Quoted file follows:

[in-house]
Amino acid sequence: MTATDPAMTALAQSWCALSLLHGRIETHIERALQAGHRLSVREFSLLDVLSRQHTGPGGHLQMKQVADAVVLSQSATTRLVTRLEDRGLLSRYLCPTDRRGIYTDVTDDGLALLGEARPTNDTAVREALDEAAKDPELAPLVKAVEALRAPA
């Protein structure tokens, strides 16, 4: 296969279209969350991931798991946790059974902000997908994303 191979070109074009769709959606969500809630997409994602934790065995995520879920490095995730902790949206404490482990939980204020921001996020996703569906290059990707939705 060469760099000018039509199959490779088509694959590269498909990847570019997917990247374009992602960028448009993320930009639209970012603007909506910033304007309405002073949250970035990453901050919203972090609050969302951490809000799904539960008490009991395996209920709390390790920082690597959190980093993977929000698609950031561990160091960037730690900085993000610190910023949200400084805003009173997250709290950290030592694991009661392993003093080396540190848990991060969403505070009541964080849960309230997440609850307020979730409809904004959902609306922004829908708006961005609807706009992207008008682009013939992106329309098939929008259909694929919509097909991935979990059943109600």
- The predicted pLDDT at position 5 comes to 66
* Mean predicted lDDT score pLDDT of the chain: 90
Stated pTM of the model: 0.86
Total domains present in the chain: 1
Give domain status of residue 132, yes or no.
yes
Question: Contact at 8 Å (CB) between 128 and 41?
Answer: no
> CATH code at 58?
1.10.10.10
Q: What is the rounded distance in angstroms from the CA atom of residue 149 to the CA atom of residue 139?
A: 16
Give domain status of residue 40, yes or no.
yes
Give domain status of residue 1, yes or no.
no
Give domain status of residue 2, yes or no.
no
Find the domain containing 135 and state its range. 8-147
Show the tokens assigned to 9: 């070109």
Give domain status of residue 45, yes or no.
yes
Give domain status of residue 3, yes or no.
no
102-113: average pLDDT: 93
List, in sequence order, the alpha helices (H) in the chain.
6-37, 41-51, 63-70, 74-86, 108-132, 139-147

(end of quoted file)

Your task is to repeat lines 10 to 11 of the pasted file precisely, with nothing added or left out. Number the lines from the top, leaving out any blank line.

Question: Contact at 8 Å (CB) between 128 and 41?
Answer: no